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Pre-Cenozoic plutonic rocks in mainland Alaska

By
Thomas P. Miller
Thomas P. Miller
U.S. Geological Survey, 4200 University Drive, Anchorage, Alaska 99508–4667
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Published:
January 01, 1994

Abstract

Studies during the past decade have revealed that much of Alaska consists of a collection of generally far-traveled tectonostratigraphic terranes, most of which were transported to their present locations and accreted to North America in late Mesozoic to early Tertiary time (Jones and others, 1984; Silberling and others, this volume). This collage results in the exceedingly complex geologic and tectonic framework that constitutes much of present-day Alaska.

Magmatic activity in Alaska was influenced by a host of factors, including many involving plate interactions, such as the rate of subduction, the angle of dip, the motion of individual plates, and the composition, thickness, and age of material that was subducted beneath or collided with Alaska. The identification and interpretation of magmatic patterns as reflected by time of intrusion, areal distribution, and composition can therefore contribute to an understanding of the tectonic history of Alaska.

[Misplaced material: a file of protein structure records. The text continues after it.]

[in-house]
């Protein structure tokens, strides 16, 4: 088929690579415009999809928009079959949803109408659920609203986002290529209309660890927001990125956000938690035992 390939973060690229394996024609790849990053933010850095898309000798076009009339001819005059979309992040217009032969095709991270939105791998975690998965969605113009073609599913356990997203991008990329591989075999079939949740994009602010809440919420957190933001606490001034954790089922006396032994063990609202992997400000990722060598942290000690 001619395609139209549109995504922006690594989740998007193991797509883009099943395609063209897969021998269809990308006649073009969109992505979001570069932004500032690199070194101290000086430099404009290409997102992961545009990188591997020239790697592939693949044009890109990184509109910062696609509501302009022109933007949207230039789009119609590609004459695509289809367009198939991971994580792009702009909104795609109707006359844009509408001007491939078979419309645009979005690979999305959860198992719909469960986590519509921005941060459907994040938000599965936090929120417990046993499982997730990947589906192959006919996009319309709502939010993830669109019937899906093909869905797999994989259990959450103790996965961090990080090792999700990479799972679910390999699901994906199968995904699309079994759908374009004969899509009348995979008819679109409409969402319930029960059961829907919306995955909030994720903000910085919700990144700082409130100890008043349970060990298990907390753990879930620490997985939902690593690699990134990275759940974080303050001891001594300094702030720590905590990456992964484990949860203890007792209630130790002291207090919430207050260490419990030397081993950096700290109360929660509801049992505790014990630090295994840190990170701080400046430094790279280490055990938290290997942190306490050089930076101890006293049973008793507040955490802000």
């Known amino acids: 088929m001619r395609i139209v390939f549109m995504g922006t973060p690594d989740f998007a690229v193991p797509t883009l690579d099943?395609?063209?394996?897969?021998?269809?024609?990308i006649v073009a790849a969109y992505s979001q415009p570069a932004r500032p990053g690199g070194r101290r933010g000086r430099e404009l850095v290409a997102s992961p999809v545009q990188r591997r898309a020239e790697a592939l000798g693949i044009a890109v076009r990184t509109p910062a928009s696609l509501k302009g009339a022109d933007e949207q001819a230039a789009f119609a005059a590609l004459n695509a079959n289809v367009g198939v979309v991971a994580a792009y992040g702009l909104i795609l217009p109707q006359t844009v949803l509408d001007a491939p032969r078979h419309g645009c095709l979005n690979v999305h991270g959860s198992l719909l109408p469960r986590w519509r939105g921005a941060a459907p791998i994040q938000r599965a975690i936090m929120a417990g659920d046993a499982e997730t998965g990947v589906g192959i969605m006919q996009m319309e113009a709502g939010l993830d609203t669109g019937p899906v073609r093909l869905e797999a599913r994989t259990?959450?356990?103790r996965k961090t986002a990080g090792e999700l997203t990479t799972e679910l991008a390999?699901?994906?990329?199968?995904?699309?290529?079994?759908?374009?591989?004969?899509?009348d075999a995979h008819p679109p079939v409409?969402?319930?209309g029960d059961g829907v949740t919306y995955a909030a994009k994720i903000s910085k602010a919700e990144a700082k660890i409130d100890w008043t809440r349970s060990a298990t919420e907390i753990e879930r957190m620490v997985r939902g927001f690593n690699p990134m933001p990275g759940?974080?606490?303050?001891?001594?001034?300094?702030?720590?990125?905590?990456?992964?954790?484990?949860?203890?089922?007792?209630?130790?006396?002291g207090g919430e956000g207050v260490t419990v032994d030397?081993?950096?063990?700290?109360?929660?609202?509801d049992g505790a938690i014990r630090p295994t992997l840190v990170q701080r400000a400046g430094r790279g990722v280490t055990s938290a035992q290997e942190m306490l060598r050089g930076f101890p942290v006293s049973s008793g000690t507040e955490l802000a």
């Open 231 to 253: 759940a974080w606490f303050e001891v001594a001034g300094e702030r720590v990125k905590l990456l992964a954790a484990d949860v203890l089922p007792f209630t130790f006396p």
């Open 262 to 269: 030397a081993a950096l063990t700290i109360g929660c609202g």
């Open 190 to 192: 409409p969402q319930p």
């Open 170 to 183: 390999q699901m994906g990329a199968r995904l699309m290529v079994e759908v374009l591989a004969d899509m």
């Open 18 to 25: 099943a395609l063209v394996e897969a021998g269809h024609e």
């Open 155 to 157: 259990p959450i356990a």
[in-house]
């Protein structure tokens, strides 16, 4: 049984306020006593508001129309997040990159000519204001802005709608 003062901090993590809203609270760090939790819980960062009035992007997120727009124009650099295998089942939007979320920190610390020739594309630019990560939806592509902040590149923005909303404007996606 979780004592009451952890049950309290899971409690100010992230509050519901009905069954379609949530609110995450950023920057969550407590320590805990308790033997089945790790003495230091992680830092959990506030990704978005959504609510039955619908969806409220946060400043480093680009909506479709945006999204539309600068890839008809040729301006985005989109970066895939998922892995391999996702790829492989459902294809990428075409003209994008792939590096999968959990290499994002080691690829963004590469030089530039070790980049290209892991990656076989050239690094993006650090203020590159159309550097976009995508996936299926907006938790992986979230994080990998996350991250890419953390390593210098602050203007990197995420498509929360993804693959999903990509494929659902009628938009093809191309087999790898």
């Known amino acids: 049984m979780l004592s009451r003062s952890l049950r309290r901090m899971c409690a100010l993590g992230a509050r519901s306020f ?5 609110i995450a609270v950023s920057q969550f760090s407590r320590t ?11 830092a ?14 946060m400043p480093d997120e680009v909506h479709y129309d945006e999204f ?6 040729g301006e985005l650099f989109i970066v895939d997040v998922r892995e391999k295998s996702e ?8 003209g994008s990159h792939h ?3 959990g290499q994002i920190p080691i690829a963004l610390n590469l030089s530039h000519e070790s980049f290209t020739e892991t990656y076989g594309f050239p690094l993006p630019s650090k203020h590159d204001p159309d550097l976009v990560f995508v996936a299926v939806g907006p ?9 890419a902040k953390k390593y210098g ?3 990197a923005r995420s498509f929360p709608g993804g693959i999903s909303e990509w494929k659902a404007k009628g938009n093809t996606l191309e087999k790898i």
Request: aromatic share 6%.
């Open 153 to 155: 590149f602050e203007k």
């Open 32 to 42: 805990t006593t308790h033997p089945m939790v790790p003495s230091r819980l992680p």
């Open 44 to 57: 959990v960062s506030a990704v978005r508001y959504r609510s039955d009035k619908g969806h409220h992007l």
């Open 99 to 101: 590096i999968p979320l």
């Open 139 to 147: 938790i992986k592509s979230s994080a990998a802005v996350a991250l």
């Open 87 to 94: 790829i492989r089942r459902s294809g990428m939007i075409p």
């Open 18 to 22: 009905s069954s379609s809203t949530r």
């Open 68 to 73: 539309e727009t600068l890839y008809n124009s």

The following overview focuses on plutonic rocks in mainland (excludes southeastern) Alaska emplaced from the Proterozoic into the earliest Tertiary. Plutonic rocks and belts emplaced during a specific time frame (e.g., the Early Cretaceous) are not necessarily everywhere related in terms of genesis or tectonic setting, and some related rocks may be shown in different temporal episodes. Postplutonic terrane movement and Cenozoic strike-slip faulting with large displacements have further complicated the identification and interpretation of plutonic events and patterns. Rocks assigned to specific plutonic belts are assumed to be cogenetic regardless of the mechanism of formation. The informal name given to a temporal episode of intrusive activity

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DNAG, Geology of North America

The Geology of Alaska

George Plafker
George Plafker
U.S. Geological Survey MS 904, 345 Middlefield Road Menlo Park, California 94025
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Henry C. Berg
Henry C. Berg
115 Malvern Avenue Fullerton, California 92632
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Geological Society of America
Volume
G-1
ISBN electronic:
9780813754536
Publication date:
January 01, 1994

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